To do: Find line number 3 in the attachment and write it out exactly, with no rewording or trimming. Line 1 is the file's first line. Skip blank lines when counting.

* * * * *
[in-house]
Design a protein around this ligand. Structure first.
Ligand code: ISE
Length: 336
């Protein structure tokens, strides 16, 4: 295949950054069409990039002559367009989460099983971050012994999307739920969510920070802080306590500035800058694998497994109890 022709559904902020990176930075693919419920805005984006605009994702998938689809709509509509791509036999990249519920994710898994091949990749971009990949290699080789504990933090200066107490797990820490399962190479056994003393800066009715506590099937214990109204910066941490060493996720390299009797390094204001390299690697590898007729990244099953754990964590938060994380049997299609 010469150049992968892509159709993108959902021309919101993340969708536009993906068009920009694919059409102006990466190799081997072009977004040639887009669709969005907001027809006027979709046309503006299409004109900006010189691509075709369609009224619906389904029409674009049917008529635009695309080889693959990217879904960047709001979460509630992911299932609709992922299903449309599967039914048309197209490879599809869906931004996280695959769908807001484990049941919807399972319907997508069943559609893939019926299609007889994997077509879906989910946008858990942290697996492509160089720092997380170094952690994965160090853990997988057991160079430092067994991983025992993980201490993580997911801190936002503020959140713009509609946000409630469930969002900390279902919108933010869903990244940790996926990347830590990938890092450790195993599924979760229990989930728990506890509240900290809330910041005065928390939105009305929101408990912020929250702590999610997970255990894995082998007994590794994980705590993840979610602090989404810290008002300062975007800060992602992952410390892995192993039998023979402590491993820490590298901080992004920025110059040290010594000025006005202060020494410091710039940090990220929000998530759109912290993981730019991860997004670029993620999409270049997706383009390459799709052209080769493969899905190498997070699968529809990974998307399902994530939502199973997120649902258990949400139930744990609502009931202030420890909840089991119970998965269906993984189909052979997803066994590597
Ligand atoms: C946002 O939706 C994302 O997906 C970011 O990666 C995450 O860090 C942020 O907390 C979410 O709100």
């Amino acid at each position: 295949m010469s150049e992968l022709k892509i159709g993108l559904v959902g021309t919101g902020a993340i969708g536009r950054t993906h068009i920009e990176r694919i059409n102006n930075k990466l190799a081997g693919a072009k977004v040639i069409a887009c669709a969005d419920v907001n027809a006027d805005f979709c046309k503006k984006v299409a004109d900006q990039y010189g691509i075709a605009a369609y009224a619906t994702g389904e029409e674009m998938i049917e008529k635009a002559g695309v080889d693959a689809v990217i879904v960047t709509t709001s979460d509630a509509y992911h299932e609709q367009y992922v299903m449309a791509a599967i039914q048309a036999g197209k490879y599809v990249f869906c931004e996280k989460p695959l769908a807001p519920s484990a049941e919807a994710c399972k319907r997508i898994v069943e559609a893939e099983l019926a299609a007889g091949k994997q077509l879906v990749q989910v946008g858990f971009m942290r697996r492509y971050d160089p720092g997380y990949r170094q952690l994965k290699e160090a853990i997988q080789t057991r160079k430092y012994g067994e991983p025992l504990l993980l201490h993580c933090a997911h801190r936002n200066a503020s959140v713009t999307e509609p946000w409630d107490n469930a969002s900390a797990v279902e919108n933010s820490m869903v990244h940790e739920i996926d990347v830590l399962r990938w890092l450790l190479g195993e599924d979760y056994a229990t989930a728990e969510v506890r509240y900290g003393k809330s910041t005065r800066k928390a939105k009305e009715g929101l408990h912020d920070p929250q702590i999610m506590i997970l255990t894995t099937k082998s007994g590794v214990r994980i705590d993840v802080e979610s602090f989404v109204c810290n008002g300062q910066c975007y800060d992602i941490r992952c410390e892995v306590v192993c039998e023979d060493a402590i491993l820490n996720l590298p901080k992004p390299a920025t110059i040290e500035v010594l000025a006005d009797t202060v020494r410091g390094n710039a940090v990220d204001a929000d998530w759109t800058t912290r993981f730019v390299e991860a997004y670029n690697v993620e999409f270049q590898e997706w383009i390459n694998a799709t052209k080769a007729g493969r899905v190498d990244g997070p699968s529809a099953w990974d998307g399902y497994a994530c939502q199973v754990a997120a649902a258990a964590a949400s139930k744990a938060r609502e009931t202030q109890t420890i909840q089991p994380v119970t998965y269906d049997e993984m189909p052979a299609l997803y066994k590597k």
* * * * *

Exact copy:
Ligand code: ISE